I accepted a marriage proposal to escape it. Duke Peter Alexandrovich of Oldenburg was handsome, sophisticated, and "not interested in ladies" to put it delicately. I was completely naive of this. We were married on 9/22 August 1901, but our "marriage" was never consummated. I spent our wedding night crying because he was gambling. The family that I sought was found in Nicky and his family. I am particularly close to Olga, my namesake, and Anastasia, my god-daughter. Since Nicky’s wife, Alexandra, hates parties, I took it upon myself to escort my excited nieces to Saint Petersburg and to parties that I organized for them.
I met the true love of my life, Nicholas Alexandrovich Kulikovsky, in 1903. It was love at first sight. I asked Petya for an annulment. Instead, he appointed Kukushkin as a personal aide-de-camp, allowing him to live in my house until an annulment would be appropriate. Our romance was a kept secret and we did not act on it, but at least we were able to see each other. The Great War changed that. I, along with Alicky and her two eldest daughters, became a nurse. Maria and Anastasia were too young to do so, but they had their own infirmary where they visited the wounded soldiers. Anastasia even had a military hospital train named after her. Kukushkin served with my regiment, the 12th Akhtyrsky Hussars, that was stationed on the frontlines in Southwestern Russia.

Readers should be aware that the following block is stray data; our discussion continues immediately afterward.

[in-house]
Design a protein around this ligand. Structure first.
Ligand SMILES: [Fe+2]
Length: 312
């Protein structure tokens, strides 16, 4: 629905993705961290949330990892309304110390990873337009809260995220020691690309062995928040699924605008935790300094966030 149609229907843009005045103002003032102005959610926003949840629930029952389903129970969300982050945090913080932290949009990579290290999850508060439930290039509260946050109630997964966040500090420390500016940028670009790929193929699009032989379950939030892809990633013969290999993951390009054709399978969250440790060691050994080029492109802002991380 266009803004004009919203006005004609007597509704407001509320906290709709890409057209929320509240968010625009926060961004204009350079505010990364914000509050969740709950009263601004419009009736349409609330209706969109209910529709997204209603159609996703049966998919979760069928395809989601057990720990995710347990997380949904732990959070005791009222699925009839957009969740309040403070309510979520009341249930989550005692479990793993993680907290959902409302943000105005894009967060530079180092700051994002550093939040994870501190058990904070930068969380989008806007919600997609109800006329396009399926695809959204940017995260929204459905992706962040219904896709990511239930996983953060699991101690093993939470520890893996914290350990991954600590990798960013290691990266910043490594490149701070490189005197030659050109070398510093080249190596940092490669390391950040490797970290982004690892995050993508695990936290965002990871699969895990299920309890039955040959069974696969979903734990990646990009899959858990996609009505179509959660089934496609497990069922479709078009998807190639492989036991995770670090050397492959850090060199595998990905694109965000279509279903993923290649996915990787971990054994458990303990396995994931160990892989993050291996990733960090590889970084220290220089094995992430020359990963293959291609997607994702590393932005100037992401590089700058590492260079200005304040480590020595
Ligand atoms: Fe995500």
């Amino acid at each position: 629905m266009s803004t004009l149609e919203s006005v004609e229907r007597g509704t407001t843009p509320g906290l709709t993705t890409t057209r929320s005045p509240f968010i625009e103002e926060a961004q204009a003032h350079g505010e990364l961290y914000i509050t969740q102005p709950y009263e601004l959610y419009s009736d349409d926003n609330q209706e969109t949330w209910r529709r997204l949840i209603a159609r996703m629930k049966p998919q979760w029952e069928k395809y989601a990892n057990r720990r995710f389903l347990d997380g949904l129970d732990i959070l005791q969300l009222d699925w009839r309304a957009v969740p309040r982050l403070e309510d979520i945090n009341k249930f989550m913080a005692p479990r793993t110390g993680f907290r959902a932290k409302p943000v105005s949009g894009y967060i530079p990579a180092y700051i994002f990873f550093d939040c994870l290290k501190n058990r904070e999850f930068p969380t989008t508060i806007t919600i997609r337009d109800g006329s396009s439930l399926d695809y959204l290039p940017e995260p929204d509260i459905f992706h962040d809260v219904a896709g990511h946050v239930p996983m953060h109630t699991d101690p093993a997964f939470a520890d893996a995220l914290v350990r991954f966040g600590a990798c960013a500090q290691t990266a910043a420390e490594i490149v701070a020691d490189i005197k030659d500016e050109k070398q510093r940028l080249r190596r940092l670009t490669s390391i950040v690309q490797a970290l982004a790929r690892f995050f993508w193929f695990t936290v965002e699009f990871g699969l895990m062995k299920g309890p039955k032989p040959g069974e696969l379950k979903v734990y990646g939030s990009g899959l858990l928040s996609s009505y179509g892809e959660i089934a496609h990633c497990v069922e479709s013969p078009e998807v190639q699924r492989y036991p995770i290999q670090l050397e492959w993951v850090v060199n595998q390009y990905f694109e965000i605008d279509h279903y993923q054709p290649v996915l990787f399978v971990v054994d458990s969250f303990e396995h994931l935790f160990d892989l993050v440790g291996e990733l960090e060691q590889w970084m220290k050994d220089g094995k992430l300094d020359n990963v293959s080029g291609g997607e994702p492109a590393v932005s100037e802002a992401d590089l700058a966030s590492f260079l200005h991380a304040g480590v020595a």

“My darling Olga, You have my permission and all my blessing for your upcoming wedding. May N. K. be worthy of you, dear, and may he give you all you deserve and expect from him! […] God bless you darling Olga! I shall think of you and pray for you more than ever. […] I hug you lovingly. Your old brother, Nicky.”
I was allowed to marry Kukushkin in 1916 following my annulment from Petya. Nicky and his family could not attend the wedding on 14/27 November; however, Mama did. During the Revolution, we lived in Kiev and then, the Crimea. We managed to escape the persecution of my family, unlike Nicky, his family, and Flopsy, traveling all across Europe. There was a trying period of time where I once again became Mama’s companion and secretary in Denmark before finally settling in Canada.